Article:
It’s an interesting concept that has been pointed out by a few, none of whom however seem to actually have an answer for it, but why do South American players make the best attackers? Over the past few years Europe’s top 5 leagues have been set alight by an influx of South American flair; dazzling skills, blistering pace and stunning goals. The continent has produced an endless amount of talent with the likes of Falcao, Tevez, James, Cavani and Higuain to name a few. So why do they produce so many more than any other continent?
Looking into this a bit deeper, the culture of a country (yes culture) has a massive influence on a nations footballing identity. Take Brazil for example, the samba skills and party atmosphere at games show huge similarities to a Rio Carnival, right? Another would be Germany, efficient and ruthless as a nation and the same on the football pitch. The Italians are passionate, emotional people and well.. you get the idea.
Another reason is their hunger for success. Many of these athletes come from very rural backgrounds and belong to families who struggle to even put food on the table. Everyday can be a fight and even when rich and famous they still display this raw passion to strive to win every ball, every game and every trophy possible.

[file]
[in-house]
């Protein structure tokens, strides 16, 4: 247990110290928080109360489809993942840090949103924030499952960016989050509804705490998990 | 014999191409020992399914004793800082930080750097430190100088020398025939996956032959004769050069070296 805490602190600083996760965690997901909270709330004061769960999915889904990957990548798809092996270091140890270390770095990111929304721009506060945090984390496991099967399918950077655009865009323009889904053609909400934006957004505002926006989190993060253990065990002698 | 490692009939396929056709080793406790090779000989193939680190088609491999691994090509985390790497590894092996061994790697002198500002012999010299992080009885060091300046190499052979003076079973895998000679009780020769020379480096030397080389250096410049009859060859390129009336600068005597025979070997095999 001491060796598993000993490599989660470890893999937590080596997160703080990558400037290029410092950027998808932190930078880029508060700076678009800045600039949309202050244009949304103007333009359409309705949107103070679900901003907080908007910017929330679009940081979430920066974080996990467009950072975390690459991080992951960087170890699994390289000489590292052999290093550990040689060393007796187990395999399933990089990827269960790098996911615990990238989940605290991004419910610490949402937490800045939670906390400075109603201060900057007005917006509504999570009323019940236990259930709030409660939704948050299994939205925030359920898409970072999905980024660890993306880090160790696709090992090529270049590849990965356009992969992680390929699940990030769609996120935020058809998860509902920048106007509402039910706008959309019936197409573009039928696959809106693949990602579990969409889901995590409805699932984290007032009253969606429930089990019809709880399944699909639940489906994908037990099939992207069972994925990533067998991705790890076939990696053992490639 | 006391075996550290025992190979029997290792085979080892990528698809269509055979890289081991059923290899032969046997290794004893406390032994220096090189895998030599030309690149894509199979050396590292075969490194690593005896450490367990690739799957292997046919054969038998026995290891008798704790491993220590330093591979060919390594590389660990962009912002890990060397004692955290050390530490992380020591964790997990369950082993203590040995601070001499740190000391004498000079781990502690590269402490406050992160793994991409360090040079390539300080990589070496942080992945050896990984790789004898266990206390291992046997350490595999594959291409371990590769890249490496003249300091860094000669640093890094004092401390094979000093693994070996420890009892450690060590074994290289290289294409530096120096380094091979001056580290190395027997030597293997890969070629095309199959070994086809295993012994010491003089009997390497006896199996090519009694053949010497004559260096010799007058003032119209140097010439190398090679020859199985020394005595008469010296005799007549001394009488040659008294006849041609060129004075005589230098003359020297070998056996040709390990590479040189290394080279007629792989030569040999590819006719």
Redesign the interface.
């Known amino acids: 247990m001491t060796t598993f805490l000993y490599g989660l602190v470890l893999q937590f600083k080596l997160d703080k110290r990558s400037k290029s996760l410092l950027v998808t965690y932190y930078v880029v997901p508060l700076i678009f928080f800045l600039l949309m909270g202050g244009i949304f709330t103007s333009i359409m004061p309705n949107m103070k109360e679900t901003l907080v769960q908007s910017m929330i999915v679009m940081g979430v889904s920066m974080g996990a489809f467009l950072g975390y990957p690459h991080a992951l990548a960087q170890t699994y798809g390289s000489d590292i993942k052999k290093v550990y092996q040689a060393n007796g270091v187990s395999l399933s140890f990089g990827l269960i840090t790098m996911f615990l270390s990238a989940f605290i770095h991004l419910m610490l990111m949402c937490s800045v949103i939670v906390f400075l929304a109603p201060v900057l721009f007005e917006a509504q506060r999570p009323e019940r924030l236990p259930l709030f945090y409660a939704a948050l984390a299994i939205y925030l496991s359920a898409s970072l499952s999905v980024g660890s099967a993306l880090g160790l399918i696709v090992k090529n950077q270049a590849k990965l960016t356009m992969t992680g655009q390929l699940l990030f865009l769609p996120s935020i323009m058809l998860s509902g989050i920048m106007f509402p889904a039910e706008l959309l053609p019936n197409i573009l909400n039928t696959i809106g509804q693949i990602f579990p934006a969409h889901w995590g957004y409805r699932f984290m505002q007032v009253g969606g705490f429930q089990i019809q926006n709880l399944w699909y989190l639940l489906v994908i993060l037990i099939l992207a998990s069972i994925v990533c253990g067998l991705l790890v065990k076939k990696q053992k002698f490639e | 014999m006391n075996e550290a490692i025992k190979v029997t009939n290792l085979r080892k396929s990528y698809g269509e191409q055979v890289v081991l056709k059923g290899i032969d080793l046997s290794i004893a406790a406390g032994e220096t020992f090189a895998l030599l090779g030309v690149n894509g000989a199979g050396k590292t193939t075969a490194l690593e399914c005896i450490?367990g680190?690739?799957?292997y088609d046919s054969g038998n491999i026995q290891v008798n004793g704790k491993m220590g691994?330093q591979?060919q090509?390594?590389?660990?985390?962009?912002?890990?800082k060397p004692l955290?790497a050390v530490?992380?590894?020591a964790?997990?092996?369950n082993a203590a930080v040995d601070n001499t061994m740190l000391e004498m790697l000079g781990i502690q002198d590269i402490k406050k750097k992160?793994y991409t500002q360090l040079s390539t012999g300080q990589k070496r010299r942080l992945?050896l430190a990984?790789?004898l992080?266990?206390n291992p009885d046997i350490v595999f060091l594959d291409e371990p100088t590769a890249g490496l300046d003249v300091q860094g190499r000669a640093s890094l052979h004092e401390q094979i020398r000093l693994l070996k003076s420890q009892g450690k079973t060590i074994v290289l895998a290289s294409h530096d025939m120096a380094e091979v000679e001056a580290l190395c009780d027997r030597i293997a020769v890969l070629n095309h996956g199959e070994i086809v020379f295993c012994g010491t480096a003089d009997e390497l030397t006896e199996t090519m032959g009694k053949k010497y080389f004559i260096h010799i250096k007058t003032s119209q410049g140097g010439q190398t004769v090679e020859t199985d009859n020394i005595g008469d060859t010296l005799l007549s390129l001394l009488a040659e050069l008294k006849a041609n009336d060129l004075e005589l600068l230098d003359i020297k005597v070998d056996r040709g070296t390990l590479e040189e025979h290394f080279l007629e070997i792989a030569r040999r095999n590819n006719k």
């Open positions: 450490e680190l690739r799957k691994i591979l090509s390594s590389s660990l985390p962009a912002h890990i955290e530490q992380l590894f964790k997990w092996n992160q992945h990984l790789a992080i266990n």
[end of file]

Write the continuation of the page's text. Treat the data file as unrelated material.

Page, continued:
Good examples of this can be seen by the likes of Luis Suarez and Carlos Tevez. They have what commentators and pundits alike dub a ‘mean streak’ yet looking back to their childhood it’s easy to see why. Used to playing on the street, with older kids kicking lumps out of them the only way to keep up or even get ahead was to be scrappy and underhand. Having watched these individuals in the Premier League, it is the reason they are heavily criticised but also one of the reasons why they are so, so good.
“I once cried because I had no shoes to play football with my friends, but one day I saw a man with no feet and I realised how rich I am.” (Zinedine Zidane)
The biggest example I can think of however is Diego Costa (yes I know but he is actually Brazilian!). Hailed as Chelsea’s missing piece to their title winning puzzle yet blasted on the other hand for his aggression and over competitiveness. It is this however, that makes him and many other South American attackers so bloody brilliant. From humble beginnings he played with his older cousins who used to bully him. “He’s been a fighter since he was born. If he lost, he spent the rest of the day pissed off.” (Diego’s father, Jose) It’s this determination that you see from him still in the Premier League that gives him an edge against English defenders and why he has been so successful thus far.
So with a combination of the continent’s flair, skill and passion in their culture combined with the rural and competitive nature of their upbringings, it’s evident to see why South America produce so many more world-class attacking talents than any other.